Café Gratitude is known for its plant-based organic fare that guests order via affirmations like “I am Daring,” “I am Fulfilled” or “I am Abundant.” But ex-employees have started a social media campaign calling for the public to boycott the restaurant.
A power struggle between workers and ownership at one of Santa Cruz’s most health-conscious and philosophically high-minded restaurants spilled over onto social media last weekend, leaving five workers without jobs and a longtime local owner resolute over his decision to move on without them.
Café Gratitude is known for its plant-based organic fare that guests order via affirmations like “I am Daring,” “I am Fulfilled” or “I am Abundant.” But now, ex-employees of the downtown restaurant have started a social media campaign calling for the public to boycott the restaurant over unfair firings of five longtime employees.
A group identified as Cafe Gratitude Workers posted to Instagram and Facebook in response to a cluster of sudden job losses at the restaurant. The employees say that after a longtime worker was abruptly let go, four other managers sought clarity from owner Matthew Manzo about the circumstances of the firing. When the owner did not respond, they decided to boycott work for a day.
Roughly half of the remaining employees refused to come into work on Tuesday, Nov. 2. That led Manzo to send four managers, with an estimated 25 years of combined experience at the restaurant, a group text saying that he accepted their resignations.
After repeated calls to Manzo, the owner replied to Lookout via email Tuesday, characterizing the departures as a power struggle between co-workers: “A group of employees were upset with current management and threatened to quit if I didn’t demote one of the managers. This manager has been an extreme help during all the shutdowns and pandemic and I wasn’t willing to do what they wanted. I then accepted their resignations.”
John Mondor, one of the participants in the strike and a server and part-time manager at Café Gratitude for five years, confirmed that strife between some longtime managers and a general manager hired at the beginning of the pandemic precipitated events.
The longtime workers accused the general manager of taking prime shifts and were surprised when their co-worker was told he had been fired because he wasn’t taking on enough shifts. They say when they asked for clarity from the general manager, he “wasn’t receptive at all.”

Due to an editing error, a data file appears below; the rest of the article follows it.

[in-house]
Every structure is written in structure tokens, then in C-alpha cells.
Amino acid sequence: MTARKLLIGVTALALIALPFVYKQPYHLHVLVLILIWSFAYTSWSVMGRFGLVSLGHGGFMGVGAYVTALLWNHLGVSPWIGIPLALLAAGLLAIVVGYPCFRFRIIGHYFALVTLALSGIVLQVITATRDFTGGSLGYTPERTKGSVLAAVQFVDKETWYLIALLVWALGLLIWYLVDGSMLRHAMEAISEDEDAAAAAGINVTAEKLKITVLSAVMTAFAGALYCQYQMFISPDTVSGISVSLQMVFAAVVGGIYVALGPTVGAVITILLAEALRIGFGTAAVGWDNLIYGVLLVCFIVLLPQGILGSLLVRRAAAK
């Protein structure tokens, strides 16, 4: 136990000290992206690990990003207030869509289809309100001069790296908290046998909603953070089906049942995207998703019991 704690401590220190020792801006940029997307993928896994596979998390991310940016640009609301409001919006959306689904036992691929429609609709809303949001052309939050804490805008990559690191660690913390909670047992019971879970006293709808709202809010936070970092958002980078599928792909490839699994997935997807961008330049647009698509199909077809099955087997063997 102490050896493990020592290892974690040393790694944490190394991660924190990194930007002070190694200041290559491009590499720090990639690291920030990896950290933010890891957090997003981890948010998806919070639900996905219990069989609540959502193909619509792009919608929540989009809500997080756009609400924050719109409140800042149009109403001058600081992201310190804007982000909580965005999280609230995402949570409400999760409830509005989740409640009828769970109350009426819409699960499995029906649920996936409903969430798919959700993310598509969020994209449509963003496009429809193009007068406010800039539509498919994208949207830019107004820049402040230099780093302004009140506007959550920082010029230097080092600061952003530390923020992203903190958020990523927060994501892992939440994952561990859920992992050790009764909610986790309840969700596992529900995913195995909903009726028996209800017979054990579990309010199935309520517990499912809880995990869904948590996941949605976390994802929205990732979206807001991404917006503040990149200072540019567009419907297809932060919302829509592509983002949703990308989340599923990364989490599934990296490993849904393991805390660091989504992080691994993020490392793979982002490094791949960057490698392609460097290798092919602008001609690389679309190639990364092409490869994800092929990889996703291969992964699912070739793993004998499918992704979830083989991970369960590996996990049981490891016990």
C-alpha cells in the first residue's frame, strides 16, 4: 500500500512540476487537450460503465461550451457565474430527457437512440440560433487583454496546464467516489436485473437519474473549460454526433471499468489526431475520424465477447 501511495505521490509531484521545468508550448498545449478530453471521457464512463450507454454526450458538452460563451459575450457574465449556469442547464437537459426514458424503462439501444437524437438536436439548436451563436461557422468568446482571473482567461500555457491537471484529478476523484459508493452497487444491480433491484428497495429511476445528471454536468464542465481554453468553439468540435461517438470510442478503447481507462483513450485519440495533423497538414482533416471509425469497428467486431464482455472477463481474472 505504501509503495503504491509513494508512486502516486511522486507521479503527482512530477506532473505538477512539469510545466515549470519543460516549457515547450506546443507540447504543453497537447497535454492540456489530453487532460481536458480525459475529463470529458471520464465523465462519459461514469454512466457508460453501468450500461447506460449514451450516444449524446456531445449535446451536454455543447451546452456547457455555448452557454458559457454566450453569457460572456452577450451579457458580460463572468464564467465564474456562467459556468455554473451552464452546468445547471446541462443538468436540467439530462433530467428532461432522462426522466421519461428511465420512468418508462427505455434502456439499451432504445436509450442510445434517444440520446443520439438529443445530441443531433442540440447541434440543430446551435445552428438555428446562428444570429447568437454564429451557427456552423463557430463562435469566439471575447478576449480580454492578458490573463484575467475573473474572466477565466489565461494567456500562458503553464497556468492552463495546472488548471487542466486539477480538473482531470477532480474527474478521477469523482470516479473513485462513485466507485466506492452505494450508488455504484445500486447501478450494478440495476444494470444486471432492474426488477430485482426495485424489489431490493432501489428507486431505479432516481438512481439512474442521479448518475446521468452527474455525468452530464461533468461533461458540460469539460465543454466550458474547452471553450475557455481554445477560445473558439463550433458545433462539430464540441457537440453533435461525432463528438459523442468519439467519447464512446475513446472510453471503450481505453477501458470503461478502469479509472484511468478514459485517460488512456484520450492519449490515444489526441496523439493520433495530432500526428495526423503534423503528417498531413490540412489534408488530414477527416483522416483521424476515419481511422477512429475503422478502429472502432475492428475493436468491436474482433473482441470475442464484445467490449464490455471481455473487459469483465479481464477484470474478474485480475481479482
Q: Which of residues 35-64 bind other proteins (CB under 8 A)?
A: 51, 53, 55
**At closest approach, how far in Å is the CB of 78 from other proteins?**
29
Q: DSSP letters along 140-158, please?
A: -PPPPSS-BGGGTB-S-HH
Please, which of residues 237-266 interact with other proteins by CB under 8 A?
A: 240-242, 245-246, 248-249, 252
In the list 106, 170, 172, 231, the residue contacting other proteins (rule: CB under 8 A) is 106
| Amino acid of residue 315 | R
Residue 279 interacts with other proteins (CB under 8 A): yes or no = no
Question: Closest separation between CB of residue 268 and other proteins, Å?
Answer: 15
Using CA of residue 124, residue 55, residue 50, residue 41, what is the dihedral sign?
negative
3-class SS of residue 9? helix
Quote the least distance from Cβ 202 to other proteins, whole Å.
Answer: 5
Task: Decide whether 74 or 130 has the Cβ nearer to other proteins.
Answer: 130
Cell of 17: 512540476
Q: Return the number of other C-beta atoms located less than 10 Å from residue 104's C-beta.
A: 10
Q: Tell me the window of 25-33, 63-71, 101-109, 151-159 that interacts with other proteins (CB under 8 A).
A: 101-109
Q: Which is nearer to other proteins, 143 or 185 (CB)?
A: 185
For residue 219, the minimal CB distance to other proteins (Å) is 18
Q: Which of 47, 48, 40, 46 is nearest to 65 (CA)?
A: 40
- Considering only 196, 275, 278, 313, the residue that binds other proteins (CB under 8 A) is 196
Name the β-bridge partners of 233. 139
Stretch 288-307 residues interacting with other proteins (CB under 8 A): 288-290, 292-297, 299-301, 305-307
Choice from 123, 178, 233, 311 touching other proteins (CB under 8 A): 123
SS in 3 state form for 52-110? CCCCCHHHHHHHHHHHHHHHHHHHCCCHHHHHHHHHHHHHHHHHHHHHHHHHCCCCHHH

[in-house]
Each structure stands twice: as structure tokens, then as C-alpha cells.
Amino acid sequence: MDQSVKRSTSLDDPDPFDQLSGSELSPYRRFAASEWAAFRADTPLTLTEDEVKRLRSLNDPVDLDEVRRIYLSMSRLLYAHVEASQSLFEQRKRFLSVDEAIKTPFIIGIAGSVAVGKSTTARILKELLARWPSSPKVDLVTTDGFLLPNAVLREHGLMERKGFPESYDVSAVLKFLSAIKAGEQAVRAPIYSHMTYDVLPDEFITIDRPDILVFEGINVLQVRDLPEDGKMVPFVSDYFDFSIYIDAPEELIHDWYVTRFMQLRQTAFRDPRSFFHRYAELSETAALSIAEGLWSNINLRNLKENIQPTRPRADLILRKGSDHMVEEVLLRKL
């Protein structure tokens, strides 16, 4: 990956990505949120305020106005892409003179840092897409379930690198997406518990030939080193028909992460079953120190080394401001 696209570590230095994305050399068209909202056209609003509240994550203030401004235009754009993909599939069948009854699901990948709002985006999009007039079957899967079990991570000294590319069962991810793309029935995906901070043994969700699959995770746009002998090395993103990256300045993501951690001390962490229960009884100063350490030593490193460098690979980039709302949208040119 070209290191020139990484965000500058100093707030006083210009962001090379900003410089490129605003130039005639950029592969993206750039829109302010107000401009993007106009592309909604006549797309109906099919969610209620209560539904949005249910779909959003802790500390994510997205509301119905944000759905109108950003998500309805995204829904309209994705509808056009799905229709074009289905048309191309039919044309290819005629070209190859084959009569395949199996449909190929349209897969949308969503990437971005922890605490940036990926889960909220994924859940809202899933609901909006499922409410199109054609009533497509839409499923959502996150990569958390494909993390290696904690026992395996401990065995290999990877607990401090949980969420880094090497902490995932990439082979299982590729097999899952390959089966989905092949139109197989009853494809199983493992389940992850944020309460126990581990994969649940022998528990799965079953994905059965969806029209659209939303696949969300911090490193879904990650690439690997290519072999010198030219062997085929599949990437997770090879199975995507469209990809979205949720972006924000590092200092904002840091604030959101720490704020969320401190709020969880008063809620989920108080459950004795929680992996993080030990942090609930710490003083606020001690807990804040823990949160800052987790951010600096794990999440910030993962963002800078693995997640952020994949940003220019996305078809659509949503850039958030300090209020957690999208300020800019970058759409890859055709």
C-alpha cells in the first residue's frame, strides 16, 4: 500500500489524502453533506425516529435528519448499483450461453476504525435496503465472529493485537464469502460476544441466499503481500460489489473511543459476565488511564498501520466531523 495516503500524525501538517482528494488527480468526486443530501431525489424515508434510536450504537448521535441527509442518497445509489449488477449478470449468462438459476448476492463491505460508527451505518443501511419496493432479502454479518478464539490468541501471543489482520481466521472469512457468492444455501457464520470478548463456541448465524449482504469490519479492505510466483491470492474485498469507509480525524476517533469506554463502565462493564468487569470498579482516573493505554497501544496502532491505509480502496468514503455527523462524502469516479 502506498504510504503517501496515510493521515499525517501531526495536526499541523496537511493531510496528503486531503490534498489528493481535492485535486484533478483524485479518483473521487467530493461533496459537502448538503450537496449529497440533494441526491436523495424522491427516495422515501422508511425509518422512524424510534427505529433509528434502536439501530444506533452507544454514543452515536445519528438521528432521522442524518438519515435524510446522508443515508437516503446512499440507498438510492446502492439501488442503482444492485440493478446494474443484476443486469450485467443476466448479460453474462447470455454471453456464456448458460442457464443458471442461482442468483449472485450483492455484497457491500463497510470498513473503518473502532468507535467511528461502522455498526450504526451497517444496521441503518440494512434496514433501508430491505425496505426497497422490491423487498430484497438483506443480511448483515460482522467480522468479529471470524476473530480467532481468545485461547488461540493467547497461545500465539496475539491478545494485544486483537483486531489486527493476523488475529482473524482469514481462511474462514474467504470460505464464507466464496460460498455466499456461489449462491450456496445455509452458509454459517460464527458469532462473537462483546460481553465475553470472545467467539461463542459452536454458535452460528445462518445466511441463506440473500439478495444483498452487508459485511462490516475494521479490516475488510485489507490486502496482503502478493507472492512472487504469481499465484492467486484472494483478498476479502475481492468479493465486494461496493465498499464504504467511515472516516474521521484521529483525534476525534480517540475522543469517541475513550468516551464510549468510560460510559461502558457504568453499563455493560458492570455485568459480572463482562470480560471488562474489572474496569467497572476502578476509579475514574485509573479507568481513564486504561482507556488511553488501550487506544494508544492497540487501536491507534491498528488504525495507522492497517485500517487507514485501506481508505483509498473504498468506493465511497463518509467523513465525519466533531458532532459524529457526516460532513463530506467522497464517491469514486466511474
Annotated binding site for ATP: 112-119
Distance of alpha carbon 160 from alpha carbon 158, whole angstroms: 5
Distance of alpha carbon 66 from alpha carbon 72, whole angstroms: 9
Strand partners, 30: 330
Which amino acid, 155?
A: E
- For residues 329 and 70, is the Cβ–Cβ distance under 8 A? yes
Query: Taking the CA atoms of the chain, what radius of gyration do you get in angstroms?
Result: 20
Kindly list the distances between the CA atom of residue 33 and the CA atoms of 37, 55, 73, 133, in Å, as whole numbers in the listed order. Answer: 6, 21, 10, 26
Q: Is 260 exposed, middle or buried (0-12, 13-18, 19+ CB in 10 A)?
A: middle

According to Mondor, “Café Gratitude has always been a really team-oriented place. The general manager never just assigned themselves the best shifts. It had a very teamwork atmosphere. It’s a stark contrast to how the current general manager has been running things.”
Along with a work boycott on Nov. 2, emphasizing their insistence on better communication and transparency, they asked Manzo to demote the general manager so he would no longer be assigning shifts. They say Manzo stopped responding to their text messages, and then, that Friday, “We all got a text message saying that our resignations have been accepted and that our final checks are at the café,” Mondor said.
Mondor and other ex-employees who spoke to Lookout on the condition they remain anonymous said there was some confusion over this point. The employees did not want to leave their positions, but believed they were instead leveraging them in order to create change in the workplace.
Mondor said he’s frustrated at the fact the group’s attempt to band together and push for change instead led to a rash decision to dismiss them en masse.
“I know that the owner is kind of stubborn — I think that he didn’t want to respond to an ultimatum,” he said. “I think that just made him more frustrated rather than making him desire to come to the table. It’s just we had so many numbers on our side that we didn’t see how he could just rehire all new staff, but it seems like that’s his aim at the moment.”
In an interview with the Santa Cruz Sentinel in 2011, Manzo explained that Café Gratitude is built upon key concepts, from abundance and gratitude to food that’s vegan, organic, local and sustainable. “Healthy mindset, healthy food, healthy body,” Manzo said.